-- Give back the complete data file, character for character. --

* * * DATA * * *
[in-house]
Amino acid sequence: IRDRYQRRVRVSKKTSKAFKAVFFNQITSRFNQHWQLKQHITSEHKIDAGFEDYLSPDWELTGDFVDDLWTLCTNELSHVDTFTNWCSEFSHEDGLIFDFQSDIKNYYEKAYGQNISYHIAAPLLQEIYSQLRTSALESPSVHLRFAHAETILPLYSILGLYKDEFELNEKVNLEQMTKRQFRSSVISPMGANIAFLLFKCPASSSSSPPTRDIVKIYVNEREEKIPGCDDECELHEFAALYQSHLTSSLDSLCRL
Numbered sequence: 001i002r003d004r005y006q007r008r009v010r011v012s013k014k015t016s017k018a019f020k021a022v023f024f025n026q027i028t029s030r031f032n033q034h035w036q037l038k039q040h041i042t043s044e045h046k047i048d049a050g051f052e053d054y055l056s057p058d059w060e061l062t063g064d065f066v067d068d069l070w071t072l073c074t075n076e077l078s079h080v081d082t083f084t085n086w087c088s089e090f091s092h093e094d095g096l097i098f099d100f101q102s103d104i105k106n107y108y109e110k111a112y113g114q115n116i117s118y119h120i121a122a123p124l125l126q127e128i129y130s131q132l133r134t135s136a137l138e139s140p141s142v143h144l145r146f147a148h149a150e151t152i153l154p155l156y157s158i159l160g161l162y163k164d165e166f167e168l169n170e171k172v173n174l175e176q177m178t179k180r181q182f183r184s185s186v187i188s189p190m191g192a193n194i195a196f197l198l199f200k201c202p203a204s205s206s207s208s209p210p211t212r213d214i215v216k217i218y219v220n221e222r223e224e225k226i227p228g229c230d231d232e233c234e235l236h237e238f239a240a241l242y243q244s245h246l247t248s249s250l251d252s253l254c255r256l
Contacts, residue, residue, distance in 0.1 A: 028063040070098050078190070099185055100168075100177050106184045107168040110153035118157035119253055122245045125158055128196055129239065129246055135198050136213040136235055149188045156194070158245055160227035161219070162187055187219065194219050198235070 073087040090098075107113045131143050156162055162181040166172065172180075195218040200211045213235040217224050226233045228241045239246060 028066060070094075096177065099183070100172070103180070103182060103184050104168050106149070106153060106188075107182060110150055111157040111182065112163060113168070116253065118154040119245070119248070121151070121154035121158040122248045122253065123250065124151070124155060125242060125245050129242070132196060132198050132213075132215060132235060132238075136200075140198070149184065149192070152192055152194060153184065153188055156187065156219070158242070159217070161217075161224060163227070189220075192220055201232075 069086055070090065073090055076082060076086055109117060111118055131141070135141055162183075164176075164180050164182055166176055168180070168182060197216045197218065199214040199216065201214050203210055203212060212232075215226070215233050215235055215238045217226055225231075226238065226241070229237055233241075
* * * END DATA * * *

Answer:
[in-house]
Amino acid sequence: IRDRYQRRVRVSKKTSKAFKAVFFNQITSRFNQHWQLKQHITSEHKIDAGFEDYLSPDWELTGDFVDDLWTLCTNELSHVDTFTNWCSEFSHEDGLIFDFQSDIKNYYEKAYGQNISYHIAAPLLQEIYSQLRTSALESPSVHLRFAHAETILPLYSILGLYKDEFELNEKVNLEQMTKRQFRSSVISPMGANIAFLLFKCPASSSSSPPTRDIVKIYVNEREEKIPGCDDECELHEFAALYQSHLTSSLDSLCRL
Numbered sequence: 001i002r003d004r005y006q007r008r009v010r011v012s013k014k015t016s017k018a019f020k021a022v023f024f025n026q027i028t029s030r031f032n033q034h035w036q037l038k039q040h041i042t043s044e045h046k047i048d049a050g051f052e053d054y055l056s057p058d059w060e061l062t063g064d065f066v067d068d069l070w071t072l073c074t075n076e077l078s079h080v081d082t083f084t085n086w087c088s089e090f091s092h093e094d095g096l097i098f099d100f101q102s103d104i105k106n107y108y109e110k111a112y113g114q115n116i117s118y119h120i121a122a123p124l125l126q127e128i129y130s131q132l133r134t135s136a137l138e139s140p141s142v143h144l145r146f147a148h149a150e151t152i153l154p155l156y157s158i159l160g161l162y163k164d165e166f167e168l169n170e171k172v173n174l175e176q177m178t179k180r181q182f183r184s185s186v187i188s189p190m191g192a193n194i195a196f197l198l199f200k201c202p203a204s205s206s207s208s209p210p211t212r213d214i215v216k217i218y219v220n221e222r223e224e225k226i227p228g229c230d231d232e233c234e235l236h237e238f239a240a241l242y243q244s245h246l247t248s249s250l251d252s253l254c255r256l
Contacts, residue, residue, distance in 0.1 A: 028063040070098050078190070099185055100168075100177050106184045107168040110153035118157035119253055122245045125158055128196055129239065129246055135198050136213040136235055149188045156194070158245055160227035161219070162187055187219065194219050198235070 073087040090098075107113045131143050156162055162181040166172065172180075195218040200211045213235040217224050226233045228241045239246060 028066060070094075096177065099183070100172070103180070103182060103184050104168050106149070106153060106188075107182060110150055111157040111182065112163060113168070116253065118154040119245070119248070121151070121154035121158040122248045122253065123250065124151070124155060125242060125245050129242070132196060132198050132213075132215060132235060132238075136200075140198070149184065149192070152192055152194060153184065153188055156187065156219070158242070159217070161217075161224060163227070189220075192220055201232075 069086055070090065073090055076082060076086055109117060111118055131141070135141055162183075164176075164180050164182055166176055168180070168182060197216045197218065199214040199216065201214050203210055203212060212232075215226070215233050215235055215238045217226055225231075226238065226241070229237055233241075